- New York Magazine cover story: How Not to Talk to your Kids
- Wall Street Journal: The Praise a Child Should Never Hear
- Good Morning America: Why Praise Can Be Bad for Kids
- Education World Interview with Carol Dweck
Read about Carol Dweck in Malcolm Gladwell’s
The Talent Myth.
- NPR’s Tech Nation, Dr. Moira Gunn interviews Carol Dweck
The Nature of Change
Whether they’re aware of it or not, all people keep a running account of what’s happening to them, what it means, and what they should do. In other words, our minds are constantly monitoring and interpreting. That’s just how we stay on track. But sometimes the interpretation process goes awry. Some people put more extreme interpretations on things that happen—and then react with exaggerated feelings of anxiety, depression, or anger. Or superiority.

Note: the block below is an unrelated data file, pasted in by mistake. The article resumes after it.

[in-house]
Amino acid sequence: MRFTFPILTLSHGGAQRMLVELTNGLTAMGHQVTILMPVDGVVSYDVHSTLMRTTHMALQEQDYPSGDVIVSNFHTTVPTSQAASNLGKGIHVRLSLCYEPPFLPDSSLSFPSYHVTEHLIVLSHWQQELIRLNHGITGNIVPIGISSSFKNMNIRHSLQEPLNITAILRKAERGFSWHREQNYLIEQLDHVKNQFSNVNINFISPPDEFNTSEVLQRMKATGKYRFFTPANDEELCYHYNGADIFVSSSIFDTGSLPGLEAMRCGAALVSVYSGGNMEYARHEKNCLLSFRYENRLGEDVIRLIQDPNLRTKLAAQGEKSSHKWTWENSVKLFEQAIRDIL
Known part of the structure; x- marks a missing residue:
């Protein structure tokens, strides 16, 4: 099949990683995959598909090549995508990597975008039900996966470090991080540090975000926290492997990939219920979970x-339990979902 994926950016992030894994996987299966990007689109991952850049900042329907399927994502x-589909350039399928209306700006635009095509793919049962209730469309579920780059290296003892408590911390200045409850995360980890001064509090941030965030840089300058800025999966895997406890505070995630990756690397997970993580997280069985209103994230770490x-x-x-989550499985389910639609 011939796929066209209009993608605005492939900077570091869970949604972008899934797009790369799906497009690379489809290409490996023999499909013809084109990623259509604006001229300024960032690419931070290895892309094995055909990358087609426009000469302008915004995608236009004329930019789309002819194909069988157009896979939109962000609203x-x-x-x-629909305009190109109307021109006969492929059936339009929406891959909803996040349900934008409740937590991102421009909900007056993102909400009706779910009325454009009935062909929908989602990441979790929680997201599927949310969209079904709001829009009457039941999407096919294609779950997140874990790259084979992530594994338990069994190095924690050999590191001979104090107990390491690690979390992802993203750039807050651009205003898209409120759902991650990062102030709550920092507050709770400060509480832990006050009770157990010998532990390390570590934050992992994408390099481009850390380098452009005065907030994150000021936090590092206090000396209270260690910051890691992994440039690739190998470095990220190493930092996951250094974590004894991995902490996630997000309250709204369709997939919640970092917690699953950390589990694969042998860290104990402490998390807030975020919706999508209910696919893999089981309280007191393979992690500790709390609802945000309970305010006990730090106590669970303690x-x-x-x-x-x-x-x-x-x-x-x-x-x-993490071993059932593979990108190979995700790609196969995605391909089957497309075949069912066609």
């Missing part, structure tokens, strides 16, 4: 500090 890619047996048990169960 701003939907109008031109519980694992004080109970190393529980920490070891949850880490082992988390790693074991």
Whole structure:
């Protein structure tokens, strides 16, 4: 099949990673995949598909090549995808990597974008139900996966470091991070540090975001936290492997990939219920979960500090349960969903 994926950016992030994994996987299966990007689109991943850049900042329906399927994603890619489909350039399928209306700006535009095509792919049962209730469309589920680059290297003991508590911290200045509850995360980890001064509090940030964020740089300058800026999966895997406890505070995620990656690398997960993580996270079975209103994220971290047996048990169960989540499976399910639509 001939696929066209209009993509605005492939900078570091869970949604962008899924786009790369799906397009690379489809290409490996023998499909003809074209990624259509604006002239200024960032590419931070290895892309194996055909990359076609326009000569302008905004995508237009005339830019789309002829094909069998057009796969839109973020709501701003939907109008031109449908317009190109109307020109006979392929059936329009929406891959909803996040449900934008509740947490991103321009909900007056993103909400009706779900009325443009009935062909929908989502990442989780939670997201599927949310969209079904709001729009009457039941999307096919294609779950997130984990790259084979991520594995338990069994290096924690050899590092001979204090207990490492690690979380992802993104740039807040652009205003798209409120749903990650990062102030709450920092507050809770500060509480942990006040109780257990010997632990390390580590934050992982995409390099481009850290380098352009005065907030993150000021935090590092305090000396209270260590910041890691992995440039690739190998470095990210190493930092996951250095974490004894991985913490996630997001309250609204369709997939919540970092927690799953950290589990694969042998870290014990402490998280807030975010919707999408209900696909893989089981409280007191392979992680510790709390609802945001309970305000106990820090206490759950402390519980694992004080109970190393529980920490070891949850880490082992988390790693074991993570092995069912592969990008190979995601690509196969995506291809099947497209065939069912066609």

Mindsets frame the running account that’s taking place in people’s heads. They guide the whole interpretation process. The fixed mindset creates an internal monologue that is focused on judging: “This means I’m a loser.” “This means I’m a better person than they are.” “This means I’m a bad husband.” “This means my partner is selfish.”
People with a growth mindset are also constantly monitoring what’s going on, but their internal monologue is not about judging themselves and others in this way. Certainly they’re sensitive to positive and negative information, but they’re attuned to its implications for learning and constructive action: What can I learn from this? How can I improve? How can I help my partner do this better?
Chapter 8 is about changing the internal monologue from a judging one to a growth-oriented one. It shows how mindset change has enabled people to pursue their goals more effectively and it shows how a mindset workshop boosted students’ motivation and grades.